The first part of the Lozi story is given on a page: Kingdoms of Zambia. Click on the link below to read:
It was during the reign of Lewanika that the land now known as Liuwa Plain was set aside for conservation with the people protecting the wildlife as a hunting ground for the king.
Over the years the Luyi/Lozi people, under the direction of their king, developed a system of canals through the floodplain so that boats could navigate easily. The earth removed was used to build mounds in the floodplain for homes and burial sites. These canals and ‘islands’ are still seen today.
The photograph is of the Litunga in the early days. It is courtesy of the Livingstone Museum.
Lewanika saw many changes to his land during his reign. The Europeans started to arrive firstly with missionaries and then by representatives of the British seeking treaties to mine. The most famous missionary to visit, and stay, in Barotseland was Francois Coillard from the Paris Evangelical Missionary Society who arrived in 1886. Francois Coillard was married to a Scottish woman, Christina Mackintosh. Francois Coillard had learned the Sotho language when based in the Cape Colony. With the Kololo (Sotho) language now spoken by the Lozi it made communication easy. It is also thought that the Lozi attire – the musisi, worn by women, and the siziba, worn by men, may have originated from the Scottish kilt.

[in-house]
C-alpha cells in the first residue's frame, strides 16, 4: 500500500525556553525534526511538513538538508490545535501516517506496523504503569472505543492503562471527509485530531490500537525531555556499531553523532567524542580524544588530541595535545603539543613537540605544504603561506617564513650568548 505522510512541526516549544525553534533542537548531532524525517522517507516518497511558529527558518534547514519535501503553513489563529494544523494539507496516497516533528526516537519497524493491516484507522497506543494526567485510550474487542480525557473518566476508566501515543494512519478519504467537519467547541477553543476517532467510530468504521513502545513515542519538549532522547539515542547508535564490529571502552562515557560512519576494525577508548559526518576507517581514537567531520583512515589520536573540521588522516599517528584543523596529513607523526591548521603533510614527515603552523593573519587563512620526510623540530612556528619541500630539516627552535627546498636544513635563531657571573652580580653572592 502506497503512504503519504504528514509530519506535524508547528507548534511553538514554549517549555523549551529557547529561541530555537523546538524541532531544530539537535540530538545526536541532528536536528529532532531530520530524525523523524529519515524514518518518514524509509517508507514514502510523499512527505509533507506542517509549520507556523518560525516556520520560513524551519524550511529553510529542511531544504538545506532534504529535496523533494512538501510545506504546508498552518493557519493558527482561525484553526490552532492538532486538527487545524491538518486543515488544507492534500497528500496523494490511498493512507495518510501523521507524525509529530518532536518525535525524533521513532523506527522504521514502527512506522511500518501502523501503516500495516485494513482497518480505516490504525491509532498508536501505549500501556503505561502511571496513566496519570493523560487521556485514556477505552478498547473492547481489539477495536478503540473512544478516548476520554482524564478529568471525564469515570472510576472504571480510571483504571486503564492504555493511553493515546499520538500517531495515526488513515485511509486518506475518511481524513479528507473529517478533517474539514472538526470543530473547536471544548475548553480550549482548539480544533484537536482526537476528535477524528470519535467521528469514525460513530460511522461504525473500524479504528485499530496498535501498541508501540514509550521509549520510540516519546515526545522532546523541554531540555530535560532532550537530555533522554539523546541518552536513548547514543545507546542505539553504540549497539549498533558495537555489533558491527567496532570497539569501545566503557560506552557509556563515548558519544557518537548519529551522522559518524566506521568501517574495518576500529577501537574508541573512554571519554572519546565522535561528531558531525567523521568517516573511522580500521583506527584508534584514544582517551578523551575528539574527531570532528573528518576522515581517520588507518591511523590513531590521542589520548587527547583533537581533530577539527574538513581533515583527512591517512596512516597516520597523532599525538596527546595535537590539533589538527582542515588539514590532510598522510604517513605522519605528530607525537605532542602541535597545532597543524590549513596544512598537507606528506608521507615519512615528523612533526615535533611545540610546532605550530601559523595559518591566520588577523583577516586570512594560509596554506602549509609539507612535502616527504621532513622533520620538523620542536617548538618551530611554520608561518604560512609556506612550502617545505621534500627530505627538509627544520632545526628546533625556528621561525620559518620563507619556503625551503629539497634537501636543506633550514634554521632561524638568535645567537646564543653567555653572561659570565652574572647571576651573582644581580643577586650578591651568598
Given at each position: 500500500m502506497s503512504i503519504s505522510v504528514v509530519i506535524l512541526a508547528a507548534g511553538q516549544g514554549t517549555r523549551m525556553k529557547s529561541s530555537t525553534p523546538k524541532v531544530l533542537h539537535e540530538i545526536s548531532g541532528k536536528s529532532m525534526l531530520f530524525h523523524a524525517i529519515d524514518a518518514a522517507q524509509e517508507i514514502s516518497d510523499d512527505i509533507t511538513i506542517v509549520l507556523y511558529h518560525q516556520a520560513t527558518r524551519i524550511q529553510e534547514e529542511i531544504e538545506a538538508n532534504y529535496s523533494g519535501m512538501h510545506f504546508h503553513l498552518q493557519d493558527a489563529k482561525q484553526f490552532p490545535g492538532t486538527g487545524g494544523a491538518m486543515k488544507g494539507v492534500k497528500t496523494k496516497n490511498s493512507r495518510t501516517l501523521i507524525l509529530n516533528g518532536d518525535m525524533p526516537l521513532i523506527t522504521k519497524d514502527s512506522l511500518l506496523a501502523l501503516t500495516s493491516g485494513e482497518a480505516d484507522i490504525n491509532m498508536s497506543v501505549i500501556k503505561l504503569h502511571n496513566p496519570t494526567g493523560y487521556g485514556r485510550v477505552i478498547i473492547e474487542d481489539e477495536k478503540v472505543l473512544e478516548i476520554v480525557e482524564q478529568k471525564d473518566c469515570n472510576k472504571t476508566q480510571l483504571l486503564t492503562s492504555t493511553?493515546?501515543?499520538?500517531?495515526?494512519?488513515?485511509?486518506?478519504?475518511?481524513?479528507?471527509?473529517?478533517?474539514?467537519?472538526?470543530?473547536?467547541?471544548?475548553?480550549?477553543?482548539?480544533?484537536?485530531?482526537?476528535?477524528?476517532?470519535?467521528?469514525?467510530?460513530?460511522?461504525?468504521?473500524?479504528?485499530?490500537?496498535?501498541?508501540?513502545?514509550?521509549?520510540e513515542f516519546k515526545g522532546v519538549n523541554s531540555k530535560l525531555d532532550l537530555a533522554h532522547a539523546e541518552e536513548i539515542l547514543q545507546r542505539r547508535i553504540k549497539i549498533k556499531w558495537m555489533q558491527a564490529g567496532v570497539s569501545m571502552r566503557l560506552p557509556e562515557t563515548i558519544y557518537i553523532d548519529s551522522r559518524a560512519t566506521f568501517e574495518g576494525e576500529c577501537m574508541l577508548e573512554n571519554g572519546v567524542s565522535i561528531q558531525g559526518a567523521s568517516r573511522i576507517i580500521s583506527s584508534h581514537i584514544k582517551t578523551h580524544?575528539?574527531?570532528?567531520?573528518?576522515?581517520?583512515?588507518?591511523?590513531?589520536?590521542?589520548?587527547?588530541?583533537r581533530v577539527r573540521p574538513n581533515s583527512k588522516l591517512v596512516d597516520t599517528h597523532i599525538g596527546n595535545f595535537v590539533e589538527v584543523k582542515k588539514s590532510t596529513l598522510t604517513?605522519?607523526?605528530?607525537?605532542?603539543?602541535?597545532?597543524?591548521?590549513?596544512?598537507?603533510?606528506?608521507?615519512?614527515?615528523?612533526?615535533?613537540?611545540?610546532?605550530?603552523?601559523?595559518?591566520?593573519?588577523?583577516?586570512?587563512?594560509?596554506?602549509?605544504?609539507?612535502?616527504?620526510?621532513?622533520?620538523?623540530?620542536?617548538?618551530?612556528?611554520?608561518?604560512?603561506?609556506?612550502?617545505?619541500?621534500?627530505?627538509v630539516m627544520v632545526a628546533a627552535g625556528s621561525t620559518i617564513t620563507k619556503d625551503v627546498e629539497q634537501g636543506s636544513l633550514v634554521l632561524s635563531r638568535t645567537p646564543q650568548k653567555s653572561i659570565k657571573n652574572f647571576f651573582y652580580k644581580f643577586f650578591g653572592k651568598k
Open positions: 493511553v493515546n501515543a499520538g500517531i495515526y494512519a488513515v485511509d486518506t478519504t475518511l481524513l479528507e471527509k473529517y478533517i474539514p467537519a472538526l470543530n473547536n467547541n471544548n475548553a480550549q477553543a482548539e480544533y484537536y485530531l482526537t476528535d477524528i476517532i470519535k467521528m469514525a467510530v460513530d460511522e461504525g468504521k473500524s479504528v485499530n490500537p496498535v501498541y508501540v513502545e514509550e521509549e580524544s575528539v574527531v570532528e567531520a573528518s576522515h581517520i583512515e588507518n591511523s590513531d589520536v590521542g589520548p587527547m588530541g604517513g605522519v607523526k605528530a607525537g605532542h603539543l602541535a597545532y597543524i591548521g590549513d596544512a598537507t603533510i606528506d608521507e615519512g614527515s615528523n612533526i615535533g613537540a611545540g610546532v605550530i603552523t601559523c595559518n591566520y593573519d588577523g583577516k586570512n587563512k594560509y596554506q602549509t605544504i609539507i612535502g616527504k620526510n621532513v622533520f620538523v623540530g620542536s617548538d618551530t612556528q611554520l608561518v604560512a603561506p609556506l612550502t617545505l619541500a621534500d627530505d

This time was during the Scramble for Africa by European powers, when Germans, British, Belgium and Portuguese were all vying to control the inland areas of Africa. Lewanika was urged by Khama, a king in now-Botswana, to allow the British to give protection as they had done for him.
In 1899 Lewanika’s kingdom came under the formal control of the British but because he was so respected, he kept much of his authority. He came to England for the coronation of King Edward VII in 1902 and was presented with an admiral’s uniform which he loved and would wear on ceremonial occasions. Successive kings continue to wear a similar uniform.
During the administration of the British all laws were instigated with consultation with the king and his advisors. There was rarely dispute and Barotseland developed steadily and peacefully with regard to the needs of the British and the wishes of the people.
At Independence there was not such harmony as the new Zambian government were wary of the power of the Lozi people. It came to be that both sides decided that it was best that the Lozi people were left to get on with their own affairs as they had always done and yet still be part of Zambia. In the short term this kept peace between all the people of Zambia but in the long run it meant that the west of Zambia saw little development compared to other areas.
It has only been in the past decade or so that much-needed development has come to the west. Infrastructure has been built including one of the most expensive pieces of road in the world across the Barotse floodplain between Mongu and the opposite bank of the river – a distance of 34 km requiring 26 bridges.
There are still rumblings of discontent among the Lozi people, a result of their history, but it is hoped that through dialogue, and over time, differences will be resolved.